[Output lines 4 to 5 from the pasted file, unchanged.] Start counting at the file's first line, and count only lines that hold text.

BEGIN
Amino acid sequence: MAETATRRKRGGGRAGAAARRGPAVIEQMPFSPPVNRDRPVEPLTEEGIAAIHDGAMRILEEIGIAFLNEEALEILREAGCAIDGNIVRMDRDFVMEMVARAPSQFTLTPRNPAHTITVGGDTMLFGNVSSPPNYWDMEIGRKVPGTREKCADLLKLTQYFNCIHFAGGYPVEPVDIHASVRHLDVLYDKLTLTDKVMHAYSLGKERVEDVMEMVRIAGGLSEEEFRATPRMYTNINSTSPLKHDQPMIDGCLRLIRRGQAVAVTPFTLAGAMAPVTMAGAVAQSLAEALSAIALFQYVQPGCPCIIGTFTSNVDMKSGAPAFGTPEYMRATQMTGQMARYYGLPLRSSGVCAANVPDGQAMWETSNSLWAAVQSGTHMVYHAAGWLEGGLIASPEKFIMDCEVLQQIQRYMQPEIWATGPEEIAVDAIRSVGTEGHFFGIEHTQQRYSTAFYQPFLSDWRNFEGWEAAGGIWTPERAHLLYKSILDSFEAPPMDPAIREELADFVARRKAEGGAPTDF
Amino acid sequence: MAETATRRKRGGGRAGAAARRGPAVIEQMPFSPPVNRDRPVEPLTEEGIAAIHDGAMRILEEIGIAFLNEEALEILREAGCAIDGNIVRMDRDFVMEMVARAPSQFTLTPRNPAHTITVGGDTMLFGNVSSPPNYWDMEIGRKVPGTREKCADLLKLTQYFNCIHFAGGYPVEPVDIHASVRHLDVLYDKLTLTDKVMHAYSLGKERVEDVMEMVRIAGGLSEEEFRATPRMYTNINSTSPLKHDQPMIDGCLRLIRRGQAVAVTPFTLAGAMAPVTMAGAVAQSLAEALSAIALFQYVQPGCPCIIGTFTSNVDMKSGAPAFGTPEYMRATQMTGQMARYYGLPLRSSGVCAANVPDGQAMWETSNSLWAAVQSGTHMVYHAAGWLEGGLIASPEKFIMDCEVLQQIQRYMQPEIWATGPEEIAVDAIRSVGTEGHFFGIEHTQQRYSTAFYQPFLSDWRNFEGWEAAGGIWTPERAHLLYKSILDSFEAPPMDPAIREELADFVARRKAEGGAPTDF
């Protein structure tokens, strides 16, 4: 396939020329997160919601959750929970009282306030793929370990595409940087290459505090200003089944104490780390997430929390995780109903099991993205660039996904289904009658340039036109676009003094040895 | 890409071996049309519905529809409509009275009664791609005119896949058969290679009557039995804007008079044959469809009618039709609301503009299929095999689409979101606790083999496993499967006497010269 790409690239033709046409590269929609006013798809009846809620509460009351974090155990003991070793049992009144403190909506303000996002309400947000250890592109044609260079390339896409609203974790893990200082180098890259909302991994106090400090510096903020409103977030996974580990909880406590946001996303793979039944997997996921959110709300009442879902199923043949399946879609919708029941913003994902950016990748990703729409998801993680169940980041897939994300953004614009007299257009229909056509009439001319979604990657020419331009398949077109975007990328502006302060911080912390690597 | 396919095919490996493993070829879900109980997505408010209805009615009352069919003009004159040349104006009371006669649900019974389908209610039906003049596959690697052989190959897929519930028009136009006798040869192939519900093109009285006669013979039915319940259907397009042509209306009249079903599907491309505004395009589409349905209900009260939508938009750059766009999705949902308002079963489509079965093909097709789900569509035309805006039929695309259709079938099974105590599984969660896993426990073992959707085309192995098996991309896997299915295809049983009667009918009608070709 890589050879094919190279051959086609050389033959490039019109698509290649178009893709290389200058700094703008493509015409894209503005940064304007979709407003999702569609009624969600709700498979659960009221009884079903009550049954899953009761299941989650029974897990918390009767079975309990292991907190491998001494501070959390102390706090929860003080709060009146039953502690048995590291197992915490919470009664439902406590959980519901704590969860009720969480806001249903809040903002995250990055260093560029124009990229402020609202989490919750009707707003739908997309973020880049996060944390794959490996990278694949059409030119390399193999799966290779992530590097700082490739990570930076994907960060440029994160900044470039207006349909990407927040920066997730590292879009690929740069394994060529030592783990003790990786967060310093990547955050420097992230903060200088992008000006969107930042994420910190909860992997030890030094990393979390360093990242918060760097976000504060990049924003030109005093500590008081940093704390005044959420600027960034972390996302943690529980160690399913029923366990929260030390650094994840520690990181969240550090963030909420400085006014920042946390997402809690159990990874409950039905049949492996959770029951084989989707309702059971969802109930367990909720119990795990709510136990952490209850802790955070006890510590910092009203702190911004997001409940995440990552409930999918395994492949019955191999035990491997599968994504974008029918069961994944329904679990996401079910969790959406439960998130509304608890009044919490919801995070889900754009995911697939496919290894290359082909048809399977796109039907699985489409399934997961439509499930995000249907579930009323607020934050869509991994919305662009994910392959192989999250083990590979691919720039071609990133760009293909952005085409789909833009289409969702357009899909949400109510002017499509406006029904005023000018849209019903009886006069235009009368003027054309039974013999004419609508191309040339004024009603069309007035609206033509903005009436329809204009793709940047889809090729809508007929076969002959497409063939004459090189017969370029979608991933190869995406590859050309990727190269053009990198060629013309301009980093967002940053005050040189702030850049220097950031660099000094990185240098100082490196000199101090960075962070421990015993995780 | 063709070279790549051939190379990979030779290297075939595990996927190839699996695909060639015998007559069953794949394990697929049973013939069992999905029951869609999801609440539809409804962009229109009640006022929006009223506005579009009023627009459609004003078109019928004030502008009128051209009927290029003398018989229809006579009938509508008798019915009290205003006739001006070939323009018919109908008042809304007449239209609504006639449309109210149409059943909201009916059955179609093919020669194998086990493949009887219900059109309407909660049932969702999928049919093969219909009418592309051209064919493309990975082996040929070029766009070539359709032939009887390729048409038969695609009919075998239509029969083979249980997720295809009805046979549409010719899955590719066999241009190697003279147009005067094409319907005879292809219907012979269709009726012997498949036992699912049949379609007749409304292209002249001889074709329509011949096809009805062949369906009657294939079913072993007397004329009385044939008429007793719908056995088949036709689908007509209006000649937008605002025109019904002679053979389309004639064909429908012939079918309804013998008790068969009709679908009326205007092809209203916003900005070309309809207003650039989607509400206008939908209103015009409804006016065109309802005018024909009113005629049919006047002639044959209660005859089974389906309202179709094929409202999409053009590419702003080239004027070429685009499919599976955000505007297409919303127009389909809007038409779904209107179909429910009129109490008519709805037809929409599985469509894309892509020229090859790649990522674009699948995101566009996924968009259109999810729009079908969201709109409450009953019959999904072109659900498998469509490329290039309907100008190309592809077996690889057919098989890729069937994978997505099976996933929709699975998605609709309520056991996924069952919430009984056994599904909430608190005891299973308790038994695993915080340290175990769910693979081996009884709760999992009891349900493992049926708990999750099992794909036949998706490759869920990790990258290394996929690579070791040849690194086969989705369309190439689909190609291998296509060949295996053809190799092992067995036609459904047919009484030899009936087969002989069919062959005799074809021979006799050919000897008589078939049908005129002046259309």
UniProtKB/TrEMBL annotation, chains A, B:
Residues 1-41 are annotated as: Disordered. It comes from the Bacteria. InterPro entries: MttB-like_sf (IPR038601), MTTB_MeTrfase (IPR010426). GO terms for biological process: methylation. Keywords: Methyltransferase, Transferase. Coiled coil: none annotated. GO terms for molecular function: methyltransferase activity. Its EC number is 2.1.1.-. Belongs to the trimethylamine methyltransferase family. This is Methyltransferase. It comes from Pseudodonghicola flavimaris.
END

UniProtKB/TrEMBL annotation, chains A, B:
Residues 1-41 are annotated as: Disordered. It comes from the Bacteria. InterPro entries: MttB-like_sf (IPR038601), MTTB_MeTrfase (IPR010426). GO terms for biological process: methylation. Keywords: Methyltransferase, Transferase. Coiled coil: none annotated. GO terms for molecular function: methyltransferase activity. Its EC number is 2.1.1.-. Belongs to the trimethylamine methyltransferase family. This is Methyltransferase. It comes from Pseudodonghicola flavimaris.